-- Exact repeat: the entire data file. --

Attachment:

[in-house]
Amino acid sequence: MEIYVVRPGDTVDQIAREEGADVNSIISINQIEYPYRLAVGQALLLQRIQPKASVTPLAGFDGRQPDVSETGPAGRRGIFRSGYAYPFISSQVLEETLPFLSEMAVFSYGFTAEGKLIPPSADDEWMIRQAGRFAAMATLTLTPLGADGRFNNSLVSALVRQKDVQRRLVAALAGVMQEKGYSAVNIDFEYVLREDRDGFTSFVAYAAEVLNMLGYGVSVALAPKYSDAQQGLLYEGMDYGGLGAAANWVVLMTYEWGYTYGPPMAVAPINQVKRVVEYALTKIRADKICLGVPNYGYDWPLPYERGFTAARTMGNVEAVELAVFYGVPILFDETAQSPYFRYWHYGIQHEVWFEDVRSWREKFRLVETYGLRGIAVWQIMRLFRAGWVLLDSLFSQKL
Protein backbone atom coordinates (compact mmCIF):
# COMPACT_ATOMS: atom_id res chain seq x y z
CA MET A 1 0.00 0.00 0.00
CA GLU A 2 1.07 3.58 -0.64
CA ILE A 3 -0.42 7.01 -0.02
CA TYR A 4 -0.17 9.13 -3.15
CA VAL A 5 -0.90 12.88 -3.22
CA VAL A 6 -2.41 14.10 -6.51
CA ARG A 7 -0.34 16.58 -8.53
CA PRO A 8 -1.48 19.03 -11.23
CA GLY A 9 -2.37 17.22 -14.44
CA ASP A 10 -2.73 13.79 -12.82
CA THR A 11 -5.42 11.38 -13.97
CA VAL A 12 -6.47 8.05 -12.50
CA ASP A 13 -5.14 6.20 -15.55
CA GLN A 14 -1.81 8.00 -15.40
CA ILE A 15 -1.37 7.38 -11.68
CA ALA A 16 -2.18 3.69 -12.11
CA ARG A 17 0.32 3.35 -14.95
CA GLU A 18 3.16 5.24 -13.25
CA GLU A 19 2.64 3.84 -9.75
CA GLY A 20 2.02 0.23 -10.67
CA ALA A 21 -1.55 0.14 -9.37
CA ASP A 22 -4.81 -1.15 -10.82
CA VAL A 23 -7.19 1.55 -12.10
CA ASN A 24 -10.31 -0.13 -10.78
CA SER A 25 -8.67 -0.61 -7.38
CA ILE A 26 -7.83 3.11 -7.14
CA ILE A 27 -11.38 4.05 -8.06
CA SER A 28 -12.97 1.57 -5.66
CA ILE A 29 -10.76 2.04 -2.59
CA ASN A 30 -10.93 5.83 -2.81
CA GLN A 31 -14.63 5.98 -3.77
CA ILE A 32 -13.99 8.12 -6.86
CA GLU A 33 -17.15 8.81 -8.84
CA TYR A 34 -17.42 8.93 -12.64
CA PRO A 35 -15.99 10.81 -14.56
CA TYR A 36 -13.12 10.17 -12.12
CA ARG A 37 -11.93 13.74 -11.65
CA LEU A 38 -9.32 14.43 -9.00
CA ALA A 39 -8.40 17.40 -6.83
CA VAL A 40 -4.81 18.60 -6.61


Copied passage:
[in-house]
Amino acid sequence: MEIYVVRPGDTVDQIAREEGADVNSIISINQIEYPYRLAVGQALLLQRIQPKASVTPLAGFDGRQPDVSETGPAGRRGIFRSGYAYPFISSQVLEETLPFLSEMAVFSYGFTAEGKLIPPSADDEWMIRQAGRFAAMATLTLTPLGADGRFNNSLVSALVRQKDVQRRLVAALAGVMQEKGYSAVNIDFEYVLREDRDGFTSFVAYAAEVLNMLGYGVSVALAPKYSDAQQGLLYEGMDYGGLGAAANWVVLMTYEWGYTYGPPMAVAPINQVKRVVEYALTKIRADKICLGVPNYGYDWPLPYERGFTAARTMGNVEAVELAVFYGVPILFDETAQSPYFRYWHYGIQHEVWFEDVRSWREKFRLVETYGLRGIAVWQIMRLFRAGWVLLDSLFSQKL
Protein backbone atom coordinates (compact mmCIF):
# COMPACT_ATOMS: atom_id res chain seq x y z
CA MET A 1 0.00 0.00 0.00
CA GLU A 2 1.07 3.58 -0.64
CA ILE A 3 -0.42 7.01 -0.02
CA TYR A 4 -0.17 9.13 -3.15
CA VAL A 5 -0.90 12.88 -3.22
CA VAL A 6 -2.41 14.10 -6.51
CA ARG A 7 -0.34 16.58 -8.53
CA PRO A 8 -1.48 19.03 -11.23
CA GLY A 9 -2.37 17.22 -14.44
CA ASP A 10 -2.73 13.79 -12.82
CA THR A 11 -5.42 11.38 -13.97
CA VAL A 12 -6.47 8.05 -12.50
CA ASP A 13 -5.14 6.20 -15.55
CA GLN A 14 -1.81 8.00 -15.40
CA ILE A 15 -1.37 7.38 -11.68
CA ALA A 16 -2.18 3.69 -12.11
CA ARG A 17 0.32 3.35 -14.95
CA GLU A 18 3.16 5.24 -13.25
CA GLU A 19 2.64 3.84 -9.75
CA GLY A 20 2.02 0.23 -10.67
CA ALA A 21 -1.55 0.14 -9.37
CA ASP A 22 -4.81 -1.15 -10.82
CA VAL A 23 -7.19 1.55 -12.10
CA ASN A 24 -10.31 -0.13 -10.78
CA SER A 25 -8.67 -0.61 -7.38
CA ILE A 26 -7.83 3.11 -7.14
CA ILE A 27 -11.38 4.05 -8.06
CA SER A 28 -12.97 1.57 -5.66
CA ILE A 29 -10.76 2.04 -2.59
CA ASN A 30 -10.93 5.83 -2.81
CA GLN A 31 -14.63 5.98 -3.77
CA ILE A 32 -13.99 8.12 -6.86
CA GLU A 33 -17.15 8.81 -8.84
CA TYR A 34 -17.42 8.93 -12.64
CA PRO A 35 -15.99 10.81 -14.56
CA TYR A 36 -13.12 10.17 -12.12
CA ARG A 37 -11.93 13.74 -11.65
CA LEU A 38 -9.32 14.43 -9.00
CA ALA A 39 -8.40 17.40 -6.83
CA VAL A 40 -4.81 18.60 -6.61